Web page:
Wall Street bets on Chinese rebound
Over the Christmas-New Year break, several analysts and banks displayed eagerness to return to or boost small investments in the Chinese stock markets.
The new bulls pointed to its depressed market values compared to other markets in Asia (and the chance for rebound profits).
The renewed interest in China came after foreigners invested a record amount in Chinese shares last year, but by year's end, more than 75% of foreign funds had left the country.
So it was adventurous analysts or two who regained their confidence in China over the break, led by big Wall Street banks who reckoned there will be a rebound in 2024.
"Some of Wall Street's biggest banks are betting on a substantial rebound for China's stock market in 2024 after last year's brutal rout," the Financial Times reported late last week.
That optimism looks a little misplaced with Chinese markets making a weak start to the year. Still, on Monday, the revival story took a bigger hit when the blue-chip CSI 300 index (which covers the top stocks on the Shanghai and Shenzhen markets) hit the lowest level in five years.
It lost 1.3% on Monday and is already down 4% for 2024, trading at levels not seen since February 2019.
Bloomberg reported there was more heavy selling by foreigners, while the ending of a government ban on short selling by mutual funds (who are big investors in Chinese shares) had no impact.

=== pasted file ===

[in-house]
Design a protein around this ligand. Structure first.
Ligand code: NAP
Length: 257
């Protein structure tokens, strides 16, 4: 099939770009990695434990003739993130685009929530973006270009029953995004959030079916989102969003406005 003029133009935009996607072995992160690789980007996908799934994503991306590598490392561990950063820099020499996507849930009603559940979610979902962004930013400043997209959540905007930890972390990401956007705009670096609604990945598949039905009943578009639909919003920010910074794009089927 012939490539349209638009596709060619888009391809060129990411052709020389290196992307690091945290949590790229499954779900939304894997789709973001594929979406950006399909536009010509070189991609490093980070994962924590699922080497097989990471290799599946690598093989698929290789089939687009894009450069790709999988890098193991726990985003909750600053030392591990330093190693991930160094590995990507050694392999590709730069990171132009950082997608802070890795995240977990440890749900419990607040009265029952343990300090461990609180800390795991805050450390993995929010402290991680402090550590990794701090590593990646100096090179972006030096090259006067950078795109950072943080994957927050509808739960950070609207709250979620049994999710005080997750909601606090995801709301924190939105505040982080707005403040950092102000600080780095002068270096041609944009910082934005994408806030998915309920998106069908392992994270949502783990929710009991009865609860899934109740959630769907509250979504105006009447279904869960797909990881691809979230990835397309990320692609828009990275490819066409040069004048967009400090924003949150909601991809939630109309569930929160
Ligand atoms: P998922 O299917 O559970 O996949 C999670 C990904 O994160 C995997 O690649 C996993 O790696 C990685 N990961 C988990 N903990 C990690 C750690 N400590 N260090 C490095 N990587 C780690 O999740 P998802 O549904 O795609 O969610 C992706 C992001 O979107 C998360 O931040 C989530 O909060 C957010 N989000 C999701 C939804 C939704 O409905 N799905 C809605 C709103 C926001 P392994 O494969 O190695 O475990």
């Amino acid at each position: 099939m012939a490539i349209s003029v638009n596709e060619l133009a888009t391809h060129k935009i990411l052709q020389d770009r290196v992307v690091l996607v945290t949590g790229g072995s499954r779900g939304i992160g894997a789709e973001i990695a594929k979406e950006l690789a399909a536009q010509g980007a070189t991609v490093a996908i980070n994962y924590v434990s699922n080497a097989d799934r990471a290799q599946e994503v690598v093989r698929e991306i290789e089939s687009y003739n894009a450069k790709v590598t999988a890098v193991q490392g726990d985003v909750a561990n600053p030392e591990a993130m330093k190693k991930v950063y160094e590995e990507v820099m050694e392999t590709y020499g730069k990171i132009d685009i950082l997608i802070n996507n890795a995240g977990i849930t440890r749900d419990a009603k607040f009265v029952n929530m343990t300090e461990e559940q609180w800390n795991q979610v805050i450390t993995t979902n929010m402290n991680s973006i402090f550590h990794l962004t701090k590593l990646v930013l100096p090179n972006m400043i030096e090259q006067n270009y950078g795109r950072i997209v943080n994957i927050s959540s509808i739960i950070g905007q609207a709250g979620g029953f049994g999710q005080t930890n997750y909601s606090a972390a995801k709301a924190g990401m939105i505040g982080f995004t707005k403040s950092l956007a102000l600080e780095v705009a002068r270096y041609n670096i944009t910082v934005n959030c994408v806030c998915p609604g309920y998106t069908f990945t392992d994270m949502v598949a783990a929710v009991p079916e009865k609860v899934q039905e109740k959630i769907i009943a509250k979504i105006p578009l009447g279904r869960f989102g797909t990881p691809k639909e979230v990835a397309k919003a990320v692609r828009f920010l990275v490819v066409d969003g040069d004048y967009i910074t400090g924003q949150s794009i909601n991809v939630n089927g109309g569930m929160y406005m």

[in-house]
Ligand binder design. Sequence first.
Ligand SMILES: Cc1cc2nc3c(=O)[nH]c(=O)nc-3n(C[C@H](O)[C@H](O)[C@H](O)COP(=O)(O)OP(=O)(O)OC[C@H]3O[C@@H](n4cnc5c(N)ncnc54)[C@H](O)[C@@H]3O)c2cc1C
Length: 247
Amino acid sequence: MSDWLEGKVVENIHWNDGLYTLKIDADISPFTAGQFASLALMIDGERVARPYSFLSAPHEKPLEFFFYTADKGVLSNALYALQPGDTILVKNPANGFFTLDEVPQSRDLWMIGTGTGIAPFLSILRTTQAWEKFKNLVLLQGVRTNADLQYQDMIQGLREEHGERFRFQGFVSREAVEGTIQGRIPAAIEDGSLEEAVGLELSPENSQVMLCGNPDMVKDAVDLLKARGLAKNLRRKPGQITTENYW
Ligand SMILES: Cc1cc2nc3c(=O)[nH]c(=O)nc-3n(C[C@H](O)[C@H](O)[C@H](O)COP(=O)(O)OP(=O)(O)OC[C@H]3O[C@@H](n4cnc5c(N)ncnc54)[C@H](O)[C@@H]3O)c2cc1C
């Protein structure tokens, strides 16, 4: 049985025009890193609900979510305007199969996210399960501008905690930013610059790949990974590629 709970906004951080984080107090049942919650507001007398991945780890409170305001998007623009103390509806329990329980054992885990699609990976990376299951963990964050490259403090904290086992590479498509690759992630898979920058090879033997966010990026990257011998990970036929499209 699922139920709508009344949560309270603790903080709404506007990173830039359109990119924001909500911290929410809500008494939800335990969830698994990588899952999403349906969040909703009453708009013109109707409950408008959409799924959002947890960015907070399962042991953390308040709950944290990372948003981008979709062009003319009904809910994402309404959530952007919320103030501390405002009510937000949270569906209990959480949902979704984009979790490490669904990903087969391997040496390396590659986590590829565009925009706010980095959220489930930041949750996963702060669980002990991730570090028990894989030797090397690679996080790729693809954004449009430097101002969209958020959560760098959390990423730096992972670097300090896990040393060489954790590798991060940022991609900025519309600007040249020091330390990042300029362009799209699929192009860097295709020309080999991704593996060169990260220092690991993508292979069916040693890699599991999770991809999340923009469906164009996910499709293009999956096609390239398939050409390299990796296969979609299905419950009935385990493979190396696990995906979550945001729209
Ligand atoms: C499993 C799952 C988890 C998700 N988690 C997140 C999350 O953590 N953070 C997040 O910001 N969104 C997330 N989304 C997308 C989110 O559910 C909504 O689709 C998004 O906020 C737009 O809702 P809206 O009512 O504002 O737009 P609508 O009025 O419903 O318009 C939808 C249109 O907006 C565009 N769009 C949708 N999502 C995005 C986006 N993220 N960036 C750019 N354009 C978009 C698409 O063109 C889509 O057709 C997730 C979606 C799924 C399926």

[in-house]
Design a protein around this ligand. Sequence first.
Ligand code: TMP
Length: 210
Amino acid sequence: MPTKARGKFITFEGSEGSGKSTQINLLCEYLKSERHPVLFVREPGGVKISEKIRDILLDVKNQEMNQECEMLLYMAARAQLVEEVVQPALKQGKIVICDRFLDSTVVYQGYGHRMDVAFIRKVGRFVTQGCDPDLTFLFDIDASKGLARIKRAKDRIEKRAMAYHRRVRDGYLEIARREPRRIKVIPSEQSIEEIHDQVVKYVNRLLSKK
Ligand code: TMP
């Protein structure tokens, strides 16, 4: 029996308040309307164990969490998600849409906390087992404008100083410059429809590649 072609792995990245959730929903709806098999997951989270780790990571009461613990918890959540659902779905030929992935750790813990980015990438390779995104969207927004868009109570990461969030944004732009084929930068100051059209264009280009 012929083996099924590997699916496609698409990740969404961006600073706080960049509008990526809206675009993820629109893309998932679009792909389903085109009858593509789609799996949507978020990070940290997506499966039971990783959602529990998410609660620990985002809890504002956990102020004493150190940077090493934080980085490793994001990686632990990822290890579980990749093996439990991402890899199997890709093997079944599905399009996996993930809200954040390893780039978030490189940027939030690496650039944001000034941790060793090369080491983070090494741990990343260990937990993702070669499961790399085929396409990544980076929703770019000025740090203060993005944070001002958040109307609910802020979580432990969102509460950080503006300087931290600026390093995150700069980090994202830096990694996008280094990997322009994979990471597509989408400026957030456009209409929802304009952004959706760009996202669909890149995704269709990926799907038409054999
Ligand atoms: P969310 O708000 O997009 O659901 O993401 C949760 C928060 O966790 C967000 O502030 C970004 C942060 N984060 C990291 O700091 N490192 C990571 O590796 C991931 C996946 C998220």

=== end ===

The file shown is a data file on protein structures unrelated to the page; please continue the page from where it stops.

That means the blue-chip index is now down more than 42% since its peak in 2021.
Investors do not like the health of the Chinese economy, which will be tested again this week by December inflation (deflation, really) data and the trade figures for last month and 2023.
The surprise bankruptcy of shadow bank Zhongzhi Enterprise Group last Friday reminded investors of the precarious state of China’s financial system, especially property investors, where shadow banks have a lot of their reported $US3 trillion in debt invested and not performing. Chinese local governments are also heavily indebted as well.
Monday also saw the Hong Kong market weaker, with the Hang Seng China Enterprises Index down more than 2% to close at the lowest level since November 2022, as tech stocks led the losses. The Hang Seng Index itself lost nearly 1.9% on Monday.
Glenn Dyer has been a finance journalist and TV producer for more than 40 years. He has worked at Maxwell Newton Publications, Queensland Newspapers, AAP, The Australian Financial Review, The Nine Network and Crikey.